January is Braille Literacy Awareness Month, in honor of Louis Braille who originally developed the Braille code. Louis Braille was born on January 4, 1809 and this year marks the 209th anniversary of his birthday!
Braille developed his code of raised dots while a student at the Royal Institute for Blind Youth in Paris. Louis Braille had seen a system of writing, called Night Writing developed by Charles Barbier for French soldiers that was very complicated. Braille simplified it, and created a system using raised dots within a six dot cell for each alphabetic character. These cells and raised dots are read by touch.
Although only a few books were translated into braille before his death in 1852, by 1860 the Missouri School for the Blind had adopted braille, and in 1870 the Royal National Institute for the Blind chose braille for students in Britain who were blind or visually impaired.
Today, of course braille is widely used by readers who are blind or visually impaired. Braille is taught in schools by Teachers of the Visually Impaired (TVIs) and to adults by Vision Rehabilitation Therapists (VRTs). However, according to a 2009 report by the National Federation of the Blind (NFB), braille literacy among the nearly 1.3 million Americans who are blind has declined dramatically from the 1950’s when 50% of students who were blind or visually impaired learned braille, to only 10% today. This report cites several factors for this decline, including a shortage of teachers, the higher costs of producing braille texts, and increased reliance on text-to-speech technology.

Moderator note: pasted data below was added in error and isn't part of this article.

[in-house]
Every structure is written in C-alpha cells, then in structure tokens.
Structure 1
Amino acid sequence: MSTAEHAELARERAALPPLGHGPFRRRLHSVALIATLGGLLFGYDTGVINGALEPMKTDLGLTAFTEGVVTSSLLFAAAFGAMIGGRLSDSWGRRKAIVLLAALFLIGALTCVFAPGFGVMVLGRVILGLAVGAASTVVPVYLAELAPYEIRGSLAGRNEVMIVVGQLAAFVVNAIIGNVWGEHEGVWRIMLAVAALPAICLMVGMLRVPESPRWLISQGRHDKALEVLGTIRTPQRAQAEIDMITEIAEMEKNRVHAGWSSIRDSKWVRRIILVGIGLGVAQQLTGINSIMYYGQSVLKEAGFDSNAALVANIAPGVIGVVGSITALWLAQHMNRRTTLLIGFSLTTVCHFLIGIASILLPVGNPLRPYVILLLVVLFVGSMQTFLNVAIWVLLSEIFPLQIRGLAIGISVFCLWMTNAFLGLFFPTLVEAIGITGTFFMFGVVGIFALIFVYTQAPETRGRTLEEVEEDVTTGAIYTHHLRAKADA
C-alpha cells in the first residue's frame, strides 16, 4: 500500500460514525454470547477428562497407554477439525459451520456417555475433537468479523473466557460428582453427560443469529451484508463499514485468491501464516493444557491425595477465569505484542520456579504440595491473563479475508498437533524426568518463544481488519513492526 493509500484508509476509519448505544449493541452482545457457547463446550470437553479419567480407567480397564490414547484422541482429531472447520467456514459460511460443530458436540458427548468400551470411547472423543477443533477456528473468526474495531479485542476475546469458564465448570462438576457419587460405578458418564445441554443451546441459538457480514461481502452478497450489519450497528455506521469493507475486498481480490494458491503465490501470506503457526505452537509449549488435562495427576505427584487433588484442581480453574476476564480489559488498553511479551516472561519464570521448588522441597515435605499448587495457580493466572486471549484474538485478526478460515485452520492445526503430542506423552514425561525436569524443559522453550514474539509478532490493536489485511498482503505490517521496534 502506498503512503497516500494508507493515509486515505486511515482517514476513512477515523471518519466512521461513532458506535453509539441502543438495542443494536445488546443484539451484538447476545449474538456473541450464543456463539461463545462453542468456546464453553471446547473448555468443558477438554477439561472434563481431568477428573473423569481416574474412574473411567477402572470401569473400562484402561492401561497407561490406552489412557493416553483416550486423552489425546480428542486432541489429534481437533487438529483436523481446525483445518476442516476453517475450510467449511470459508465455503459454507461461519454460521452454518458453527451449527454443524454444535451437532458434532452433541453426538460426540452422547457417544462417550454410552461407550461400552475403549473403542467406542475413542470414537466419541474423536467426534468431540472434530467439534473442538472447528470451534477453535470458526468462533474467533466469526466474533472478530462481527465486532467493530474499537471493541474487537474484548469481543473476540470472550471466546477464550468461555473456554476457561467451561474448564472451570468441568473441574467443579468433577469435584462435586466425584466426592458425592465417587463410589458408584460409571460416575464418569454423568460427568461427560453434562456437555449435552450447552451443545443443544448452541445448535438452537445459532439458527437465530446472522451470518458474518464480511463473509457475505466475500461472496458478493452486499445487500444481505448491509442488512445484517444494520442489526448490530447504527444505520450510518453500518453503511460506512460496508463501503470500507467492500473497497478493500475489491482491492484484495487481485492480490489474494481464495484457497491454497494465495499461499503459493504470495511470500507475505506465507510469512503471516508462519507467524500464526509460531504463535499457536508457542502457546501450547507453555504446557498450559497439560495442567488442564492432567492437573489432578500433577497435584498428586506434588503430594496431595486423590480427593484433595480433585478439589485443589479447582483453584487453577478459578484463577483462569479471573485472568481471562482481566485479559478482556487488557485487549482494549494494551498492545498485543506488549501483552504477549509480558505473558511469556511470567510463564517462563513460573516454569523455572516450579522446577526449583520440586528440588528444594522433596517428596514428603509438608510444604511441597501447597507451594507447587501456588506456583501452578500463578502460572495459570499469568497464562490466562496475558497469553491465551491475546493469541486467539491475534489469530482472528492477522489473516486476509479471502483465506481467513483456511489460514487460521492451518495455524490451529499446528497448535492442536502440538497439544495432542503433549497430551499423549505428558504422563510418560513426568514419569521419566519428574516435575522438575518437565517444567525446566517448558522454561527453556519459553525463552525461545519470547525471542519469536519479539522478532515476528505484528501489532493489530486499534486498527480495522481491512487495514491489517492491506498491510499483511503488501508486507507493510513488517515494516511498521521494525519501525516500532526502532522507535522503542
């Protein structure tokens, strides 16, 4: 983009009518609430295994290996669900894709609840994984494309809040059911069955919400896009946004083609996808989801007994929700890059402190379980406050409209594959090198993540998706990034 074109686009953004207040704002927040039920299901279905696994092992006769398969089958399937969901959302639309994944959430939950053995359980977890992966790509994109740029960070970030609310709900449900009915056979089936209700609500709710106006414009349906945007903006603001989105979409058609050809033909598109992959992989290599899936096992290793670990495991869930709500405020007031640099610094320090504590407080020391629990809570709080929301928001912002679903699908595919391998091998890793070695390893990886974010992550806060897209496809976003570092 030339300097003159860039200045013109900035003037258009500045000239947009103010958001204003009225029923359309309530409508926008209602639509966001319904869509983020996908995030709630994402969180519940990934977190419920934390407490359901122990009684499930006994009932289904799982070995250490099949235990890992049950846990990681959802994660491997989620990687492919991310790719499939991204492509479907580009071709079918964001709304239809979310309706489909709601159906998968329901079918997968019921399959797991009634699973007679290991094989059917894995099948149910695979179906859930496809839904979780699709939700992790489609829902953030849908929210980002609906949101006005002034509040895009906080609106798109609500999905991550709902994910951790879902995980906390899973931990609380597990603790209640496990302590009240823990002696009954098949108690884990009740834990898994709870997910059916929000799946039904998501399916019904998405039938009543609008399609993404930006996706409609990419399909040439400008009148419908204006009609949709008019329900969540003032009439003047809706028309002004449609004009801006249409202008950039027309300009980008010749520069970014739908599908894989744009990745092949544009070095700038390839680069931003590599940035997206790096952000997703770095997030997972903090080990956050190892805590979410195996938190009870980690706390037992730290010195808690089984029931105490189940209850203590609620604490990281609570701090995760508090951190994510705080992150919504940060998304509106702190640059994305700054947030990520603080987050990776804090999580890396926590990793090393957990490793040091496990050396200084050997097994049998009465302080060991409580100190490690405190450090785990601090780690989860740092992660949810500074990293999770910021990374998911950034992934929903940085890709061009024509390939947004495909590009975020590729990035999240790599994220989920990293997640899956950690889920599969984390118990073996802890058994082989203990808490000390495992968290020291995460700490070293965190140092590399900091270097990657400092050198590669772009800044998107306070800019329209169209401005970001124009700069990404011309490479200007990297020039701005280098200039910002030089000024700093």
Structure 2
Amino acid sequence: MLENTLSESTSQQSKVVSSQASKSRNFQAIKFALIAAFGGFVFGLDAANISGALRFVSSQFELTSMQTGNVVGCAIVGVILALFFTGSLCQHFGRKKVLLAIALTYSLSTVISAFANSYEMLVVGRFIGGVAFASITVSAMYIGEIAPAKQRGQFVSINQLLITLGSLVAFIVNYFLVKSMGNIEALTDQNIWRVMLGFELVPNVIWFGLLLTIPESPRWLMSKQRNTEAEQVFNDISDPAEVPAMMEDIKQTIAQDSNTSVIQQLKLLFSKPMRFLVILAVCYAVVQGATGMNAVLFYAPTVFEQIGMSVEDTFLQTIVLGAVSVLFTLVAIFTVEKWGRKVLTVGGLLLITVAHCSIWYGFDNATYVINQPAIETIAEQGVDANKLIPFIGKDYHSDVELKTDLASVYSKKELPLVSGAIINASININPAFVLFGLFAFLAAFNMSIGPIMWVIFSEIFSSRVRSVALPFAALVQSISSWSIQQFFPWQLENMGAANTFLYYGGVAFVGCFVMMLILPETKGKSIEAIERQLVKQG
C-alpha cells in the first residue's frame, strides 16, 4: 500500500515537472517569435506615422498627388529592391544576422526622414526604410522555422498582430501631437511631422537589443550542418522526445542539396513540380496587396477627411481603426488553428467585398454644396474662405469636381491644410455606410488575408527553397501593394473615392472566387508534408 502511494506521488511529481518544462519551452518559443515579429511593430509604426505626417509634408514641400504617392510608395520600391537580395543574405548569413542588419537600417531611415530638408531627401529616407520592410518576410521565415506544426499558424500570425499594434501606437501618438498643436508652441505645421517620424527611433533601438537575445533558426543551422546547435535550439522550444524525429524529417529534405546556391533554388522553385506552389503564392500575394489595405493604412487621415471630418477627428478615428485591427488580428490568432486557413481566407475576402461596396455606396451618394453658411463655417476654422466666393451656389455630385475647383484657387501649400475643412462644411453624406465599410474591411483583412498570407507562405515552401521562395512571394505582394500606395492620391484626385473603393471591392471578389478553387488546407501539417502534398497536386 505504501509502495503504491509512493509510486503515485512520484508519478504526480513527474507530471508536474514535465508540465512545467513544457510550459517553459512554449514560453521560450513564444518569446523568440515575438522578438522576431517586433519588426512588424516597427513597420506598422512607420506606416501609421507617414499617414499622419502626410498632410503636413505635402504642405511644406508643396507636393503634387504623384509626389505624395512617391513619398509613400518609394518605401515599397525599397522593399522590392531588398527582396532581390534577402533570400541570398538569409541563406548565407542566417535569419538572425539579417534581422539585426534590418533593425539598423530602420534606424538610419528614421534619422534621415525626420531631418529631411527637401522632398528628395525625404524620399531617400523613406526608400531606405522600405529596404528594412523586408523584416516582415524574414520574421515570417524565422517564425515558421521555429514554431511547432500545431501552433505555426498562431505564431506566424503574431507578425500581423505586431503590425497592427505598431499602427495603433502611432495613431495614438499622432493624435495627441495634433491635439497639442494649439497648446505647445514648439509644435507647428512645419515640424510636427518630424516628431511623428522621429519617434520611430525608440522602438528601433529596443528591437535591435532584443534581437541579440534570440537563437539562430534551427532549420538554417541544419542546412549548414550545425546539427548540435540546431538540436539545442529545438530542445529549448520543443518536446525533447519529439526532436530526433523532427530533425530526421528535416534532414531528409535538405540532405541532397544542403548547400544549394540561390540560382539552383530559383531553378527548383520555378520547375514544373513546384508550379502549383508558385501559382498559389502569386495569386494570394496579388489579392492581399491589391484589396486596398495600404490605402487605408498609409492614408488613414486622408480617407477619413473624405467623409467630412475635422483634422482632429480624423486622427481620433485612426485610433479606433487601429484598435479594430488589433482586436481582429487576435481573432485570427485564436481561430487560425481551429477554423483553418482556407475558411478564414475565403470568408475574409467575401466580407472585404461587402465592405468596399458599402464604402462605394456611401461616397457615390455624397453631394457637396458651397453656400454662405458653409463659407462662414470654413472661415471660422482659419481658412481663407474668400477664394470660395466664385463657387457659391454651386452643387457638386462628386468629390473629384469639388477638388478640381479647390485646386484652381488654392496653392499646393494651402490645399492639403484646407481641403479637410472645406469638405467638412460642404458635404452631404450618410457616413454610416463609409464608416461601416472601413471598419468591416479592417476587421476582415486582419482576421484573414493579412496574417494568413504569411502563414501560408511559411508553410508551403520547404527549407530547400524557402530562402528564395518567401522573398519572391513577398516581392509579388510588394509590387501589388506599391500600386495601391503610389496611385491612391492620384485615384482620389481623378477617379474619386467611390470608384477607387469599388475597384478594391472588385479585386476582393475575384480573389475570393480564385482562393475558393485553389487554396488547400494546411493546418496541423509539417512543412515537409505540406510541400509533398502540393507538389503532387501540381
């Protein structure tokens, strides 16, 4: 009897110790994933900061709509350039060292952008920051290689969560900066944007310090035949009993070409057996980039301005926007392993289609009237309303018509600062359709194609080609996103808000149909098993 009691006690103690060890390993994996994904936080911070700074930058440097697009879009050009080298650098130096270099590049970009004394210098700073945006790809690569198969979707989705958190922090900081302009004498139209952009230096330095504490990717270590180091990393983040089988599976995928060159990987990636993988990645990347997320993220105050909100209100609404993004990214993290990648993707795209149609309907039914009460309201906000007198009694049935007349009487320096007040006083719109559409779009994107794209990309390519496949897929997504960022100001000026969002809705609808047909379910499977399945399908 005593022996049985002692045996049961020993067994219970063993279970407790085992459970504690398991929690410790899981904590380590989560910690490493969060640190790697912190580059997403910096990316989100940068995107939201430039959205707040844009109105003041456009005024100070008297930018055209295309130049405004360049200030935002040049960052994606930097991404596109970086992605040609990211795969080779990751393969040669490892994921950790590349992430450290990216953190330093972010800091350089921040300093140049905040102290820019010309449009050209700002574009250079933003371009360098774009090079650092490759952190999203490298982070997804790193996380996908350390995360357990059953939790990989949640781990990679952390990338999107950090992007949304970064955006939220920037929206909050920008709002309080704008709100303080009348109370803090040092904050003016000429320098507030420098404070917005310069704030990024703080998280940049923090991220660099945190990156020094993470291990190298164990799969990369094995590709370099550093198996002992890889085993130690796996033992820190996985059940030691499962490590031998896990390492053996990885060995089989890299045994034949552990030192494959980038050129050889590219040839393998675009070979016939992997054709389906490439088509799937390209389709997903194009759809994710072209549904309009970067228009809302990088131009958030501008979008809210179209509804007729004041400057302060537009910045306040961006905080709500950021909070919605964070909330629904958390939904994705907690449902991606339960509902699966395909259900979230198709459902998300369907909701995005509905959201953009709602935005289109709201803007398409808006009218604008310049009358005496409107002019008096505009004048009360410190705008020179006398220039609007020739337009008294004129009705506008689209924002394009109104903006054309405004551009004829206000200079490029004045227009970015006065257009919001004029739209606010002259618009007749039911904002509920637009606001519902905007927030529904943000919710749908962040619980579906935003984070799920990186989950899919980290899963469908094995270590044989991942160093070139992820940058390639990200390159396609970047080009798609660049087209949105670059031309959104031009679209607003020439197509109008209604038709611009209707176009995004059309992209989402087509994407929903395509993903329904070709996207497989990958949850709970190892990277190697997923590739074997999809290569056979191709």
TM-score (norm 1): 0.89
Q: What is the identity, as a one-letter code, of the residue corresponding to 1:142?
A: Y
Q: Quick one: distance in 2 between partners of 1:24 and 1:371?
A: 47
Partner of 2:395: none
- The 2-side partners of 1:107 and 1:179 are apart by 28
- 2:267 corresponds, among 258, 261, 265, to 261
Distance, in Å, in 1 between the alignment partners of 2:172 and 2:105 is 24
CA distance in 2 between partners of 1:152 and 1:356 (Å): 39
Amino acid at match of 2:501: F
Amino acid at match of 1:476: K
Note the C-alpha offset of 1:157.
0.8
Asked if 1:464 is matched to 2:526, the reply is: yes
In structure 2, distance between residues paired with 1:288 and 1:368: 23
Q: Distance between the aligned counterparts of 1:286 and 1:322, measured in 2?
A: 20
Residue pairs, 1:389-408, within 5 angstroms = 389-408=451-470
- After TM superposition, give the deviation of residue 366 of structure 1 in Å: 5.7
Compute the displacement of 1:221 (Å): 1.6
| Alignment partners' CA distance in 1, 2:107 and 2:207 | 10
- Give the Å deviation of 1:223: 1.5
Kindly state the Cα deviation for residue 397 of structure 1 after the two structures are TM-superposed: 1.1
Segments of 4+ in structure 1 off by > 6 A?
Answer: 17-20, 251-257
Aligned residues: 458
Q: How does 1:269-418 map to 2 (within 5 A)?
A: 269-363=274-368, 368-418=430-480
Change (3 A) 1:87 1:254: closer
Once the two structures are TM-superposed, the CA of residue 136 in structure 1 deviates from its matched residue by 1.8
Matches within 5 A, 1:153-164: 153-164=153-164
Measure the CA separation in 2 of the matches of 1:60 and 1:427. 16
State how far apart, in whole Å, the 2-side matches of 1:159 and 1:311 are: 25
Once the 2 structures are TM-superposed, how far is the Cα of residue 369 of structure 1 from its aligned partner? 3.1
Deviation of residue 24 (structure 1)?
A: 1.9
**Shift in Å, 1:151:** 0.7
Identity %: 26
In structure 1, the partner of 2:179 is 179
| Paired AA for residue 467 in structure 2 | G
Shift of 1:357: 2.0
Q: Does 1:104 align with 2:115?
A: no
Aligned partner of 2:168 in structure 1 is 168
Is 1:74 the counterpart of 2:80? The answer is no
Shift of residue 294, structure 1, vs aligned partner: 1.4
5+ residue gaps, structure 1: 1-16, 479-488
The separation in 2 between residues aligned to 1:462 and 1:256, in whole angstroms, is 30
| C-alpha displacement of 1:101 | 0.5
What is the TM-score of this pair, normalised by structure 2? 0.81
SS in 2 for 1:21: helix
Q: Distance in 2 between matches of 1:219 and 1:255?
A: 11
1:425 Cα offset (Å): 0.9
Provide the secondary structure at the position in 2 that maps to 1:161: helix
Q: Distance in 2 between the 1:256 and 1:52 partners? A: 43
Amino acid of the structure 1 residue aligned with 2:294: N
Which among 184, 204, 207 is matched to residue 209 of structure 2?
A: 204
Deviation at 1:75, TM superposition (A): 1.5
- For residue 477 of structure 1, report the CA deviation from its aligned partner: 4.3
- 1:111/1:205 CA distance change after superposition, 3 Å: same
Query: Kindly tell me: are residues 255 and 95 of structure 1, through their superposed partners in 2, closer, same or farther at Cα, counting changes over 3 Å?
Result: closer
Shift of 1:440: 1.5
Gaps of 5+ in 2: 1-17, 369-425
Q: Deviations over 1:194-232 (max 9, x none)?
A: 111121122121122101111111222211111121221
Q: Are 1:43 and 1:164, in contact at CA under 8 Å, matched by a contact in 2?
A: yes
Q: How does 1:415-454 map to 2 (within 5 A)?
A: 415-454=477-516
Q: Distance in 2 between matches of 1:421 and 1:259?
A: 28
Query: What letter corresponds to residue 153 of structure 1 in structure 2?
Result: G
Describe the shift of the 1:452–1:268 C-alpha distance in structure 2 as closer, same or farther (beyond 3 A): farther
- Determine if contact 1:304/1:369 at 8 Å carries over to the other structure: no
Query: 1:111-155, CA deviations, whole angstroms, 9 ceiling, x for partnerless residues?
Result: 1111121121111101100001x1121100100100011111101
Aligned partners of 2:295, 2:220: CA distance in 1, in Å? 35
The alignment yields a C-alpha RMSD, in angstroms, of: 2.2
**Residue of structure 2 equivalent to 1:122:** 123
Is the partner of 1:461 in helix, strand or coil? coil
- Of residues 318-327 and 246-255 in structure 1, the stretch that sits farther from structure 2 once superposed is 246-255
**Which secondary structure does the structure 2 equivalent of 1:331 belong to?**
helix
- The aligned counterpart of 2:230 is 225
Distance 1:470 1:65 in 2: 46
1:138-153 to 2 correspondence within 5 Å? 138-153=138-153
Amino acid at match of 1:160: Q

Braille literacy is even more important today, because electronic braille displays can be used with computers, smartphones, and tablets, and Braille is positively linked to employment and higher education. In addition, several devices, including the Orbit Reader 20 (http://www.aph.org/orbit-reader-20/), are driving down the cost of electronic braille displays to below $500, making them more affordable to a wider range of readers.